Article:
'I wouldn't have sympathy for Van Gaal' - Roy Keane believes current Man Utd crop lack character
In the prime of his playing career, winning an FA Cup would not have saved a Manchester United season for Roy Keane.
But he believes that Louis van Gaal deserves to see out the remainder of his contract at Old Trafford if his team succeeds against Crystal Palace on May 21.
Looking beyond that, however, Keane feels that it's an absence of strong characters on the pitch and in the dressing-room that is an obstacle to his old club competing for league honours again.
"I wouldn't say I have sympathy for Van Gaal, but then again I don't like to see managers heavily criticised because it's a difficult job," says Keane, "It was always going to be difficult, even for David Moyes, after Alex Ferguson. There's been some good signs over the last few months with some of the younger players. With lots of changes over the last two or three years, it was always natural there was going to be a dip.
"I think if United can win the cup - and they're making it difficult to finish fourth - he's got a year left and I don't see why United wouldn't let him finish out the last year of his contract.
"If they can win the FA Cup, it might give him that bit of breathing space to finish the job off next year and when we're talking about Manchester United, to me, I'm always talking about winning titles etc.
"But if they are going to recruit again then whatever about good players, what United need is two or three characters so on their bad days they're able to grind out results. Chelsea will be stronger next year, Arsenal, and Man City too with their new manager. It's not going to get any easier. I don't think they have enough characters in that team to get them back into winning league titles."
Keane veered into discussion on the state of modern football generally in a lengthy chat with his American-based hosts of ESPN's 'Beyond the Pitch' podcast.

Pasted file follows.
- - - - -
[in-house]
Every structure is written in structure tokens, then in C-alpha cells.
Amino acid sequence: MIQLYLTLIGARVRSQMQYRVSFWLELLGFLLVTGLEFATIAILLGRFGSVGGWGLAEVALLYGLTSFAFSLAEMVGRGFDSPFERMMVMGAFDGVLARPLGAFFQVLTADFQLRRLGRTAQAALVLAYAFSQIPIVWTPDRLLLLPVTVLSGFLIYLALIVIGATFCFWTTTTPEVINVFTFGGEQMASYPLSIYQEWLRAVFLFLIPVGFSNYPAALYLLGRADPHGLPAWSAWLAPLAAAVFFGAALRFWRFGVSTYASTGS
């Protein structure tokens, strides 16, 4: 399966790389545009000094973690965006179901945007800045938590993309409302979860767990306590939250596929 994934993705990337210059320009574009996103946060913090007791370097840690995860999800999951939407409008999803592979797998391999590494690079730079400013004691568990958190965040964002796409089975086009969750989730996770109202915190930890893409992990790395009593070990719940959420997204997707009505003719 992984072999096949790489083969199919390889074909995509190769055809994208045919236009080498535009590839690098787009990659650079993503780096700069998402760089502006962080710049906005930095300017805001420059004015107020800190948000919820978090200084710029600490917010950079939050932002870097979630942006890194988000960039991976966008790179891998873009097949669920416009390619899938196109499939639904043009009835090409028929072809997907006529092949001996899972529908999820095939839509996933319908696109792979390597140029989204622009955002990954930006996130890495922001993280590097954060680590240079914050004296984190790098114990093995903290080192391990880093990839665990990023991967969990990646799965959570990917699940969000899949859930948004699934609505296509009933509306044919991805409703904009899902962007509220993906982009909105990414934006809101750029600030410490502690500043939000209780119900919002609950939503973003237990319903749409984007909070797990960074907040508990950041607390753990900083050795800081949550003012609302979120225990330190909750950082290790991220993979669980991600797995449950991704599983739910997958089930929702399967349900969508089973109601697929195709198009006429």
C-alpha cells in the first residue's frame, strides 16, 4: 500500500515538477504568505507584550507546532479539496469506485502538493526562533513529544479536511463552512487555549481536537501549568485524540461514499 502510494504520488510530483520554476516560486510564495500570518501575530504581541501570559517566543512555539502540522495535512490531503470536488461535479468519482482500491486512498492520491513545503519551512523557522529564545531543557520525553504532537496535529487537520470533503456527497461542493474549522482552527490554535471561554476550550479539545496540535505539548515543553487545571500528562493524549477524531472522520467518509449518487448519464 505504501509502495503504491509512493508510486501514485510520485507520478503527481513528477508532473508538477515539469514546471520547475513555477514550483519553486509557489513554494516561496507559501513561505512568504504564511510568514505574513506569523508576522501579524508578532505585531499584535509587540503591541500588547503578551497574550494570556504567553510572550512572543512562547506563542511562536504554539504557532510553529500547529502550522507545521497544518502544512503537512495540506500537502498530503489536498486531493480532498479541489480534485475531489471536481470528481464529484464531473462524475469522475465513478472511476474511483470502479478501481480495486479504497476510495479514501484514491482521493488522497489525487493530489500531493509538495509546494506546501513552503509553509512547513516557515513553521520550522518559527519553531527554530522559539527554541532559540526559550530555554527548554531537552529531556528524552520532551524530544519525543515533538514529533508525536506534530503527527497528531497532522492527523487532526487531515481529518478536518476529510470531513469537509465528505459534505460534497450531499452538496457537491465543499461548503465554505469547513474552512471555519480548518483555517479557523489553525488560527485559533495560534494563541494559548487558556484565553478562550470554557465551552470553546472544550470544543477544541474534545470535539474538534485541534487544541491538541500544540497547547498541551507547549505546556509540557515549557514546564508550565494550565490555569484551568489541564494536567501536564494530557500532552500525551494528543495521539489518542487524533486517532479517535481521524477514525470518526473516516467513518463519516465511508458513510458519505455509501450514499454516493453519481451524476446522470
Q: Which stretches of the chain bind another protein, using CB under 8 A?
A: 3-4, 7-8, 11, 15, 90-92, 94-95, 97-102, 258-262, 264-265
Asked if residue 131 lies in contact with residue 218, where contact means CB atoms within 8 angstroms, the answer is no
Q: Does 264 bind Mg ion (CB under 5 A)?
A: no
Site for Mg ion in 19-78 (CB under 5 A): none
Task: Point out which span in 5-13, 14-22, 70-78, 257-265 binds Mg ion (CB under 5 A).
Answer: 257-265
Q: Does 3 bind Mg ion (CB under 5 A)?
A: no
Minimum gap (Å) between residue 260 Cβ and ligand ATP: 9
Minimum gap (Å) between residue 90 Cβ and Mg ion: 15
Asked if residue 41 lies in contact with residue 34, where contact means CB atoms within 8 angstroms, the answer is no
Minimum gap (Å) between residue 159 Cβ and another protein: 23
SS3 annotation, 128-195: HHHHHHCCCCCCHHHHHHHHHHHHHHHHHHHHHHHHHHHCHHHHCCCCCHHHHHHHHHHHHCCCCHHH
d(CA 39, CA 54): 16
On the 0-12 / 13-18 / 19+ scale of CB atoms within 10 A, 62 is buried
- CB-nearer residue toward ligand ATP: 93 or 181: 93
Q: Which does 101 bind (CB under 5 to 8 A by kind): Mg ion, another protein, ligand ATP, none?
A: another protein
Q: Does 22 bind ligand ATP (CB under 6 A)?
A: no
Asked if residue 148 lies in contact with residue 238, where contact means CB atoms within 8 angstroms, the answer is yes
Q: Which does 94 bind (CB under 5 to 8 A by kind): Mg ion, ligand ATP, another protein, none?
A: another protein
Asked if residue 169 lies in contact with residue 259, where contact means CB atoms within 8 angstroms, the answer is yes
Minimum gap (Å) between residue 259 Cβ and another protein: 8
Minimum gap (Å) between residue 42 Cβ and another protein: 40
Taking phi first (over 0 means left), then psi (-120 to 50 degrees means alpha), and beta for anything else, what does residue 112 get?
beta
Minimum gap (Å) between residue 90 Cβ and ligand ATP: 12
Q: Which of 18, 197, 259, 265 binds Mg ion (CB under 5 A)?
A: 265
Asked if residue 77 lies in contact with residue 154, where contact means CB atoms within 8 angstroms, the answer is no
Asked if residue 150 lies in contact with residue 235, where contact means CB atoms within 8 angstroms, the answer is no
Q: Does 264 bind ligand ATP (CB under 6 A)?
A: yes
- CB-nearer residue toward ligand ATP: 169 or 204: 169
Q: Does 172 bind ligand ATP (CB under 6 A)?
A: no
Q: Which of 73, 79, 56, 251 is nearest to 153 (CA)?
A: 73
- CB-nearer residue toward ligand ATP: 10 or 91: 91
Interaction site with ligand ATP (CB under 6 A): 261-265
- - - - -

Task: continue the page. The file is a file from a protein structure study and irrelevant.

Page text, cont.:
He praised the character and work ethic of the current Irish squad and reflected on some of the big personalities that he soldiered alongside as a player.
The 44-year-old lauded the likes of Stuart Pearce and Bryan Robson as he bemoaned what he deems to be the modern definition of 'cool' in terms of approach to the job, with an indirect reference to some of the players that might have annoyed him during his managerial stints with Sunderland and Ipswich.
"We do look at wages now and think now is the perfect time to be coming into the game - the wages are fantastic and I wouldn't begrudge them," he said, "But I look back now to when I played and there seemed to be a few more characters around - the game meant a bit more to them.
"With all the top players I worked with, the very top players, trust me - money never came into it. What I found in my career is that the cool players were the lads who came in trained properly, won medals, played games, and didn't sit on the treatment table all year.
"To be cool now is to be late for training (and) 'How many tattoos do you have?' 'What girl are you seeing?' 'What are you driving?' We all liked to be rewarded and you'd fight your corner on contracts. But all the top lads I worked with had nothing to do with any of that nonsense."